3 December 2020
Lung ultrasound (LUS) showed a promising role in the diagnosis and monitoring of patients hospitalized for novel coronavirus disease (COVID-19). However, no data are available on its role in elderly patients.
The aim of this study was to evaluate the diagnostic and prognostic role of LUS in elderly patients hospitalized for severe acute respiratory syndrome-coronavirus-2 (SARS-CoV-2) pneumonia.
Consecutive elderly patients (age >65 years) hospitalized for COVID-19 were enrolled. Demographics, laboratory, comorbidity, and the clinical features of the patients were collected. All patients underwent LUS on admission to the ward. LUS characteristics have been analyzed. Uni- and multivariate analyses to evaluate predictors for in-hospital death were performed.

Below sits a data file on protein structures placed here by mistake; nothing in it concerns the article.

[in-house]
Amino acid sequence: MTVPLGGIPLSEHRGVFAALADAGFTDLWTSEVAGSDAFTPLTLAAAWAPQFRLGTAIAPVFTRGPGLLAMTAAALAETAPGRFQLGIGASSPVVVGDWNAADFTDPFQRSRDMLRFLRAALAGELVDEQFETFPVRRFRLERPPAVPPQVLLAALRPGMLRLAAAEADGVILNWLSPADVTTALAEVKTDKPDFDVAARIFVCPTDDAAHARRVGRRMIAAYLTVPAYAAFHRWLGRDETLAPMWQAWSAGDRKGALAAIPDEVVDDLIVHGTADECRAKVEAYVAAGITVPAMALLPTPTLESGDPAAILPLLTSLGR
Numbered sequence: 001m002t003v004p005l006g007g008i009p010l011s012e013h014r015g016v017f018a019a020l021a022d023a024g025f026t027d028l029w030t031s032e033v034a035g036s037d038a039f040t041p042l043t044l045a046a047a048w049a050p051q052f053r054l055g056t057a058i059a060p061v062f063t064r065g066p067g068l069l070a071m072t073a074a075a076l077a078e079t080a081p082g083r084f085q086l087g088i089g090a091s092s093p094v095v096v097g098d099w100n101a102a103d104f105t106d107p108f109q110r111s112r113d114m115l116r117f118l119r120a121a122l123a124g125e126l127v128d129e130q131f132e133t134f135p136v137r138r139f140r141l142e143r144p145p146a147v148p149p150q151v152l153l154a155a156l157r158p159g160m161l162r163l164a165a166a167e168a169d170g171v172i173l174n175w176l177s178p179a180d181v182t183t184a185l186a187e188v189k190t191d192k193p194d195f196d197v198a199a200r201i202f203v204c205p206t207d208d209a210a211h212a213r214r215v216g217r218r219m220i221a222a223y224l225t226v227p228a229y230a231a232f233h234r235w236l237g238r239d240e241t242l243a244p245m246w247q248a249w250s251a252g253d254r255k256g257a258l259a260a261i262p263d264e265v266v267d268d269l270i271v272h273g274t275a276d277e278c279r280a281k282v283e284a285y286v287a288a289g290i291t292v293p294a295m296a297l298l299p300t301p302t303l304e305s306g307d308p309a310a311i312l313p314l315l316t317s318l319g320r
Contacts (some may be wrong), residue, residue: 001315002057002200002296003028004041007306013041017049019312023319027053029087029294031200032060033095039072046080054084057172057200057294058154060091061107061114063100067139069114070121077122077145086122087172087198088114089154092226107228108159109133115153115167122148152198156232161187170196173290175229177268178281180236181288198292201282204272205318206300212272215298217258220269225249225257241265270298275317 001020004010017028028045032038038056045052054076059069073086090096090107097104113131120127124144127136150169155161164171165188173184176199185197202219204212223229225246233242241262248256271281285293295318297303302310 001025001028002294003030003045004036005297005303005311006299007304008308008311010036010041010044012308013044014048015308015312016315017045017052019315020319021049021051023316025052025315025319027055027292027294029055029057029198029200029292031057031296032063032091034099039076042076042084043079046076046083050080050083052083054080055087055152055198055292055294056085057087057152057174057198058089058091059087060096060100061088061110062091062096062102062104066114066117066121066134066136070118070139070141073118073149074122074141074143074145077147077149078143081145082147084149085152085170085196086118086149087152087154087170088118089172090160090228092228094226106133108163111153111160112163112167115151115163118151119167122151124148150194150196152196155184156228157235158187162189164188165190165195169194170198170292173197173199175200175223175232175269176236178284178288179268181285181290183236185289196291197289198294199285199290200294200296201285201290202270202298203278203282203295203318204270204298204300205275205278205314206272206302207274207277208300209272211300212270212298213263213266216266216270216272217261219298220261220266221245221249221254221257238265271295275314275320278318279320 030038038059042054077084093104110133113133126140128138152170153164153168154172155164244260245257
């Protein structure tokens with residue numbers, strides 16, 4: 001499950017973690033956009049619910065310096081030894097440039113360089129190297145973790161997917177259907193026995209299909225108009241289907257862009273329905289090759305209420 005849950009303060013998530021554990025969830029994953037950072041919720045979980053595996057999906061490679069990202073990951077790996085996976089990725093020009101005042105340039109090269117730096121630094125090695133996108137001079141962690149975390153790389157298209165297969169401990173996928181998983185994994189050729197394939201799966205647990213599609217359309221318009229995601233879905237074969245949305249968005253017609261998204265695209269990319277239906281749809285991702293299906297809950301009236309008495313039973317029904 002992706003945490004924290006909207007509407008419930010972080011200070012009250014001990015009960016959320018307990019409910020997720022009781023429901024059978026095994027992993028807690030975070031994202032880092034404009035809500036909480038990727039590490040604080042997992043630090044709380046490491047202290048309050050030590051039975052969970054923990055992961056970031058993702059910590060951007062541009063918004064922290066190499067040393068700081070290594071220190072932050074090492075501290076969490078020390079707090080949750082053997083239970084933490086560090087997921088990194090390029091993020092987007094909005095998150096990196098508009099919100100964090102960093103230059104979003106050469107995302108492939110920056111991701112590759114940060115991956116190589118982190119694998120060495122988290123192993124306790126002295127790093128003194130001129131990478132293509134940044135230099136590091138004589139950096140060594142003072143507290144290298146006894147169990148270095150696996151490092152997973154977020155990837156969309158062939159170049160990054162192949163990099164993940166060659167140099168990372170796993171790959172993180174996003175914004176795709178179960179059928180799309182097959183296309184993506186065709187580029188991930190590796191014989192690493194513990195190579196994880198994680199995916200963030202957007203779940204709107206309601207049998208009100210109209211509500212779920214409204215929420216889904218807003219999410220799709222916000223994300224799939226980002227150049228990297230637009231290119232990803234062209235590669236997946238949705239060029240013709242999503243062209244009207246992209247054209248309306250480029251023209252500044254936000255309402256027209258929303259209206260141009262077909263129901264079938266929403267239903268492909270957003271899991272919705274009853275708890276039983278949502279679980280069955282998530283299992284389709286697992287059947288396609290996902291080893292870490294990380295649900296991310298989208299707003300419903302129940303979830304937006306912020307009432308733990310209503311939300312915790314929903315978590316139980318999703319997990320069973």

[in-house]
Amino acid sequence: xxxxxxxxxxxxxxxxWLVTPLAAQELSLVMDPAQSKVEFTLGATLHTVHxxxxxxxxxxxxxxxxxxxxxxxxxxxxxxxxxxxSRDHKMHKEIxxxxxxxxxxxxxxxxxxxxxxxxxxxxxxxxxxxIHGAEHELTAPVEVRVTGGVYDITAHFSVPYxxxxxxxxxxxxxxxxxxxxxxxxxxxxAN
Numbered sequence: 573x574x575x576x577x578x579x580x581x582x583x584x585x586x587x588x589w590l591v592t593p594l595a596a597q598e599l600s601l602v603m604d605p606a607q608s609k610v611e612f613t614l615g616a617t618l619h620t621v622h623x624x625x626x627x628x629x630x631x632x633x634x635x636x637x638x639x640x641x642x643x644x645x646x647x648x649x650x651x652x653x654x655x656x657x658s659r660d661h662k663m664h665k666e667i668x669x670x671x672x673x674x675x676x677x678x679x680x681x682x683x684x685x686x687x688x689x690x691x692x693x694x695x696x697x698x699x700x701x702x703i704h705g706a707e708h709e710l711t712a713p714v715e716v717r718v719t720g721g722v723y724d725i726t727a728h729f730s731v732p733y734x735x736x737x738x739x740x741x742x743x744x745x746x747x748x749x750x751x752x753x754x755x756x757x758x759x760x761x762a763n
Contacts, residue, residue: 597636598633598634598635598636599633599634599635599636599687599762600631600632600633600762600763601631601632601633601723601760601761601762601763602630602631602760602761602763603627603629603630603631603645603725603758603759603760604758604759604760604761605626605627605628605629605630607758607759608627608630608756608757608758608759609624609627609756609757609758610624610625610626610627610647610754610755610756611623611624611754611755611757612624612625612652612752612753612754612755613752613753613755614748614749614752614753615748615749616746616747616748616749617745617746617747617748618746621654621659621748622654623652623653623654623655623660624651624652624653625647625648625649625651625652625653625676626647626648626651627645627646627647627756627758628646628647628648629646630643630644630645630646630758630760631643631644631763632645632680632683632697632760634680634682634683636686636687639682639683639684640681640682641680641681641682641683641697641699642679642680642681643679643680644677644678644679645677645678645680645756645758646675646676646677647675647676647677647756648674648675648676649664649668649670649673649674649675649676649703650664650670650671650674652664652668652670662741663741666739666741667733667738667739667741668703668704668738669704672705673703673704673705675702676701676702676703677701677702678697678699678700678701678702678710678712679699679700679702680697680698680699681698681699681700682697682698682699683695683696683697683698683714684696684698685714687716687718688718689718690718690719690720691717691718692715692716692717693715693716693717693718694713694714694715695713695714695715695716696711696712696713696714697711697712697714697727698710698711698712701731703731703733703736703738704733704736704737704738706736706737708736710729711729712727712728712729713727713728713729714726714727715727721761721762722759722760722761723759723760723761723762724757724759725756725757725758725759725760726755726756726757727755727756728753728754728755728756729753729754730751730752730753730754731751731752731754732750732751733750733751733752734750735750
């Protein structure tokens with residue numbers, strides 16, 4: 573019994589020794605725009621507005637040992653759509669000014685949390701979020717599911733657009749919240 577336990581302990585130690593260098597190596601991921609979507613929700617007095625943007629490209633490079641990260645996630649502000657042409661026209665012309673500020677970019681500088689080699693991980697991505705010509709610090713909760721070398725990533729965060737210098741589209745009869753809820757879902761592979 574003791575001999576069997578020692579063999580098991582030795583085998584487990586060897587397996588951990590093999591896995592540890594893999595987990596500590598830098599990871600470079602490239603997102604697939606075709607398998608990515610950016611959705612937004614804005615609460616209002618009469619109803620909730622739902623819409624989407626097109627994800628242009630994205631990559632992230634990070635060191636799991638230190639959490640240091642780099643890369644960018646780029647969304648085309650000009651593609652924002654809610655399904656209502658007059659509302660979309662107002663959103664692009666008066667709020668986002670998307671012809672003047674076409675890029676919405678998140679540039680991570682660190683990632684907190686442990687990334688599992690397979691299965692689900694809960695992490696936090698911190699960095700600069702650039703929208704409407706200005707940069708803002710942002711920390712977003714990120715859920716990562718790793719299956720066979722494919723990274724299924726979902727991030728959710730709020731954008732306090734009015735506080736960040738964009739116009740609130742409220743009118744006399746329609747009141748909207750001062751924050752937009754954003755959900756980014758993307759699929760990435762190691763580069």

Thirty-seven hospitalized elderly patients (19 men) with a diagnosis of SARS-CoV-2 infection were consecutively enrolled. The median age was 82 years (interquartile range 74.5–93.5). Ultrasound alterations were found in all patients enrolled; inhomogeneous interstitial syndrome with spared areas (91.9%) and pleural alterations (100%) were the most frequent findings. At univariate analysis, LUS score (hazard ratio [HR] 1.168, 95% CI 1.049–1.301) and pleural effusions (HR 3.995, 95% CI 1.056–15.110) were associated with in-hospital death. At multivariate analysis, only LUS score (HR 1.168, 95% CI 1.049–1.301) was independelty associated with in-hospital death. The LUS score's best cutoff for distinguishing patients experiencing in-hospital death was 17 (at multivariate analysis LUS score ≥17, HR 4.827, 95% CI 1.452–16.040). In-hospital death was significantly different according to the LUS score cutoff of 17 ( p = 0.0046).